/ published August 09, 2012
The facilities, located in Indiana, Illinois and Michigan, are installing six different types of real-time location systems, as well as passive RFID tags and other auto-ID technologies, with all data managed by Intelligent InSites software on a single platform.
Aug 6, 2012—The U.S. Department of Veterans Affairs (VA) is currently in the process of installing a real-time location system (RTLS) at all seven of its hospitals in Indiana, Illinois and Michigan. The VA's intention is to improve staff efficiencies, and thereby provide better medical care to veteran patients.
The VA's health-care system is divided geographically into 21 regions, known as Veterans Integrated Service Networks (VISNs), with Indiana, Illinois and Michigan comprising VISN 11. The RTLS solution involving the seven VISN 11 hospitals is being implemented by Hewlett-Packard (HP) Enterprise Services, with a variety of hardware vendors providing real-time location and temperature data. Intelligent InSites' enterprise-wide RTLS software provides a single user interface for the applications, by managing data culled from all of the individual systems.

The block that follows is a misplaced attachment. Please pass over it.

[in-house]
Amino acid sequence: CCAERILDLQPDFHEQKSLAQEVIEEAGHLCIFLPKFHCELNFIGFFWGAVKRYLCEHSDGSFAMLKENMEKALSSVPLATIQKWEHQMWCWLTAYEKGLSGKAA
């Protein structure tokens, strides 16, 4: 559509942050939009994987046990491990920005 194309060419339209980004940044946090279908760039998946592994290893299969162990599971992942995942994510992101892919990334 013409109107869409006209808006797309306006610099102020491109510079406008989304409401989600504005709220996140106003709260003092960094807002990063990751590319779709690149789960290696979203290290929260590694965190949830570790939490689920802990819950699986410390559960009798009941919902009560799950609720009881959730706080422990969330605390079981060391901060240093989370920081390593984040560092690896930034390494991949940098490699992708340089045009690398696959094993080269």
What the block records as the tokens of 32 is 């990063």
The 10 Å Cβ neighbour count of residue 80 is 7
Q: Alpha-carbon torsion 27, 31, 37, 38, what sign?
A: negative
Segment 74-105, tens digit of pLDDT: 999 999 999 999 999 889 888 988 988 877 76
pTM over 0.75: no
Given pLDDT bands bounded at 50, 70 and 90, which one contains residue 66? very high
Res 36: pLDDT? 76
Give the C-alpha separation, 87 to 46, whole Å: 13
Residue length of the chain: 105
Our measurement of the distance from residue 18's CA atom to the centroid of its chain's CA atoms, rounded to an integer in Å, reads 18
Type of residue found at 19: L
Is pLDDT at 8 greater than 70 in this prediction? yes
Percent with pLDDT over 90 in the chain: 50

| Intelligent InSites' Marcus Ruark
The installation is being called the largest such RTLS installation to date, the agency reports. Once completed, it will include 25,000 active RTLS tags, 94,000 passive RFID
tags, and 2,000 wireless temperature and humidity sensors, and will cover a combined total of approximately 4.5 million square feet. The system also includes bar codes etched on 255,000 surgical instruments, as well as passive RFID tags for the 63,000 cardiac catheterization lab supplies consumed annually by the seven hospitals. Read
data regarding all of these items will be transmitted to the Intelligent InSites software residing on VISN 11's network, thereby enabling hospital employees not only to locate items or identify temperature changes in real time, but also to run reports and conduct analyses regarding assets, inventory levels and location details. In addition, the solution automates workflows and alerts based on real-time data. For instance, an alert could be triggered in the event that a temperature rose or dropped out of range, or if a dirty infusion pump was moved into a clean storage closet.
"Our goal is to improve the care we provide to veterans," says Michael McDonald, VISN 11 biomedical engineering point-of-care (POC) chief. In considering RTLS solutions, he adds, "Our driving factor was the frustrations [from staff] in finding the right equipment at the right time."
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